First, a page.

Reclaiming Common Sense

(Jan. 2) "Nobody" celebrated when the Seasonally Adjusted First-time claims being reported under 300,000 for 250 consecutive weeks.    First-time Claims: Week 251"celebrated the 251st consecutive week with the seasonally adjusted first-time claims data being reported under 300,000 claims and week 141 for consecutive weeks with the Seasonally Adjusted Continuing Claims data being reported under 2.0 million claims.

(Jan. 6) The week started with the ADP Forecast article "Dec. ADP Forecast: Slowing or Growing" detailed how the private sector number could have come in at 89,000 or 189,000 or even 289,000 new payroll positions. The ADP data is only available in the seasonally adjusted format. All sectors were expected to grow payroll positions month to month and December to December. There was only a question regarding one sector.  It was anticipated that we might not see Natural Resources (M/L) grow month to month. Natural Resources positions were expected to grow December to December.

(Jan. 7) The article "Dec. Jobs Report Forecast: Employment Up, Unemployment Down" examined the Current Population Survey (CPS) data on Jobs and Unemployment and the Current Employment Statistics (CES) data on workers and wages. The trends in the non-seasonally adjusted (NSA) CPS data showed that we would probably record job losses and report seasonally adjusted (SA) job gains this December.  The month to month NSA CES data indicated that some sectors would lose workers and a handful, or less,  would report gains NSA. All sectors except Mining and Logging were expected to report December to December SA worker gains.

(Jan. 8) If you didn't see the forecast article for the ADP report then you may have been caught off-guard with the headline number. "Bombshell Dec, ADP Report"  We saw the expected December to December growth in all sectors except Natural Resources (M/L.) We saw surprising month to month declines in Leisure and Hospitality (LAH,) Information (IT,) and Manufacturing, as well as M/L. The 202,000 headline number came after the October and November data was revised up more than 86,000 position combined. This means that this month rst Time Claims nsecutive week with the Seasonally Adjusted Fwe "added" 288,000 payroll positions from the last value. Bombshell.

(Jan. 9)  Thursday we received the final continuing claims data for December 2019 and the first first-time claims data for 2020. We recorded our 252nd consecutive week with seasonally adjusted First-time Claims reported under 300,000 claims. We also reported our 142nd consecutive week with SA Continuing Claims reported under 2.0 million. This is covered in "First-time Claims First Week of January."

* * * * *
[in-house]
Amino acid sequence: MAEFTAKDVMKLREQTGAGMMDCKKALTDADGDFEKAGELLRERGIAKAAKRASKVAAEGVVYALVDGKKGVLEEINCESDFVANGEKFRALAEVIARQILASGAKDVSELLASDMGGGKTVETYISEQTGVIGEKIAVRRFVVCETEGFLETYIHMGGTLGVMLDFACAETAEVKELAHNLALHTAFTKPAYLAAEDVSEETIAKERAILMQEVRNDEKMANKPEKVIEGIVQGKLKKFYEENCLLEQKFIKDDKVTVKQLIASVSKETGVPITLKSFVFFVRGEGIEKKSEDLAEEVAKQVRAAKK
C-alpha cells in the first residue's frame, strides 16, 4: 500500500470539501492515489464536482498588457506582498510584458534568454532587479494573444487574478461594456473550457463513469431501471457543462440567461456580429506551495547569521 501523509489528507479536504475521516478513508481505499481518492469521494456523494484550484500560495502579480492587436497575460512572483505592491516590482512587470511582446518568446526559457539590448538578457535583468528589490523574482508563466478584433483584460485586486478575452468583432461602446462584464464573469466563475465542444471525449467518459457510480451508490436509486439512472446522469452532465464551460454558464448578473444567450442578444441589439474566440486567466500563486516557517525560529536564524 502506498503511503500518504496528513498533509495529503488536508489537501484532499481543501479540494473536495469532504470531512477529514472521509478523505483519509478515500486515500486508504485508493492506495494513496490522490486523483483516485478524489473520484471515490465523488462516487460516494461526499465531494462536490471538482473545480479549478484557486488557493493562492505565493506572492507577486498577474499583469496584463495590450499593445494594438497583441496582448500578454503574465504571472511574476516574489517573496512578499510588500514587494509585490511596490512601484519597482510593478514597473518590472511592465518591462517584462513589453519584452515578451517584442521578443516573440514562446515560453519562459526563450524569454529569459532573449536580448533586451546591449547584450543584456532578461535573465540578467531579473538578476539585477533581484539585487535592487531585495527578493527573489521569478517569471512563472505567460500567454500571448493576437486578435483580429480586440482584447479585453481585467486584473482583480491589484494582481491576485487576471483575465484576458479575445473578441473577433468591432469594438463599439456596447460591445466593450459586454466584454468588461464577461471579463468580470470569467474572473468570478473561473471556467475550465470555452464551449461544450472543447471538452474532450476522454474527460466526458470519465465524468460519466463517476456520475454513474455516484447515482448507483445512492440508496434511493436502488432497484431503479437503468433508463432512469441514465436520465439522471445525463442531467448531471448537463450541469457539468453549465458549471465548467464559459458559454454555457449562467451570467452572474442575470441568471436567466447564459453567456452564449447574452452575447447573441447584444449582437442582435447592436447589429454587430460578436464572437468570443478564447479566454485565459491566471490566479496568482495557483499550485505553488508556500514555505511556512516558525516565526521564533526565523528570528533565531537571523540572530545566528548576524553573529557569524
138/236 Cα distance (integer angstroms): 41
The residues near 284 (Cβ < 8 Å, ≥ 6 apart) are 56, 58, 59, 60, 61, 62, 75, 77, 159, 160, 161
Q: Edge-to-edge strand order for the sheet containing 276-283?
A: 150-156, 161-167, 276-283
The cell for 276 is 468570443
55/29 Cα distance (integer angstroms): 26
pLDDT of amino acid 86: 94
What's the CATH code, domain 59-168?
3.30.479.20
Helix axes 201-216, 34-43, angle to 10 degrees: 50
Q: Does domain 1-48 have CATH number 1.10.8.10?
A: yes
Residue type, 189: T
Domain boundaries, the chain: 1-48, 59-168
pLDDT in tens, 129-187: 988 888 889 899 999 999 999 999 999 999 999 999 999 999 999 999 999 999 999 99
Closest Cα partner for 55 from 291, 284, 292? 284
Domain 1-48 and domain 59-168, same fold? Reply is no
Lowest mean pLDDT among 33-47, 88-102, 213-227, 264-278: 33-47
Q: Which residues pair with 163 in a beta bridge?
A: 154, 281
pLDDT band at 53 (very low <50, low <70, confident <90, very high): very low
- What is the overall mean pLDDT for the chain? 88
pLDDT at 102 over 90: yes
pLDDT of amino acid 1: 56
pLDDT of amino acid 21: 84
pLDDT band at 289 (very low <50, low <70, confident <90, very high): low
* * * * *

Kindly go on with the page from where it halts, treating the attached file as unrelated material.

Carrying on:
(Jan. 10) The December Jobs Report was better than reported, as is detailed in "Dec. Jobs Report: Santa's Surprise" detailed how all sectors except mining and logging grew December to December. We lost fewer non-seasonally adjusted CPS jobs than were expected. Unemployment rose NSA and fell SA. We have our highest December Participation Rate (NSA) that we have had since December 2012.

(Jan. 11)
This was a good week for economic data. The differences between the ADP payroll report data and the CPS/CES Jobs Report data was clear. Unemployment is low. It may take time for people to realize that we could see unemployment claims rise just because of the size of the workforce is growing, while the relative proportion of the covered insured can remain at, or near, historic lows. First-time claims and continuing claims still matter. The article "Jan. 11 Week in Review: Jobs" covered the above articles.

(Jan. 13) The Week started where last week ended with analysis of the December Jobs Report. "Dec. Workers and Wages: Annual Gains Across the Board" details how we saw worker gains December to December in all sectors except mining and logging. We saw average hourly wage gains in all sectors. This means that we saw total wage growth over 4% last year.

(Jan. 14) Another way to look at the jobs data is to compare the number of jobs created and the changes in unemployment and participation for President Trump at 35 months and compare his accomplishments with former Presidents Reagan, Clinton, George W Bush, and Obama. "Five President at 35 months" details how President Trump has created more full-time jobs during his first 35 months in office than the other four Presidents combined (140 months of activity.)

(Jan 14) One of the major reports of the month is the Monthly and Annual Retail Trade Survey (MARTS) report on retail spending. All of the data was pointing towards a record December and our second consecutive $6 trillion retail sales year. The data was supposed to be remarkable for December to December growth. "Dec. Retail Forecast: Sleighful of Sales" explained that even with all the good news there could be some interesting declines as more sales shift to Non-store retail (NSR.)

(Jan. 14) There are some in the media that are attempting to downplay the wage gains. They say that it doesn't reflect what is really happening because we have to consider inflation.What inflation? "Modest December Inflation at 2.31%" continues the monthly discussion regarding Shelter Inflation, Service Inflation, Commodity Deflation, and Health Insurance inflation (for something that supposedly is only 1% of our monthly expenses.

(Jan. 15) It is the author of this column's belief that you have to know what to expect with regard to some of the economic data in order to understand what is reported. It is called managed expectations. "Dec. Real Estate Forecast: New Home Strength" looked at the data for New Home Construction, New Home Sales, and Existing Home Sales and projected the possibility for seriously strong New Home Starts, New Home Completions, and Units under Construction data, as well as potentially strong new home sales data. The question was how much was low existing home inventory going to hold back existing home sales?

(Jan. 16) Thursday was "Weekly Unemployment Claims Day" and "December Retail Sales Report" day. The December retail report revealed a record level of monthly retail sales, any month, any year. Record December Non-Store Retail Sales. It also recorded and reported over $6.2T in total retail sales. This was the second consecutive year, and second time ever, with more than $6T in total retail sales in a given year. "Dec. Retail: Ho Ho Higher" breaks down the data by sector.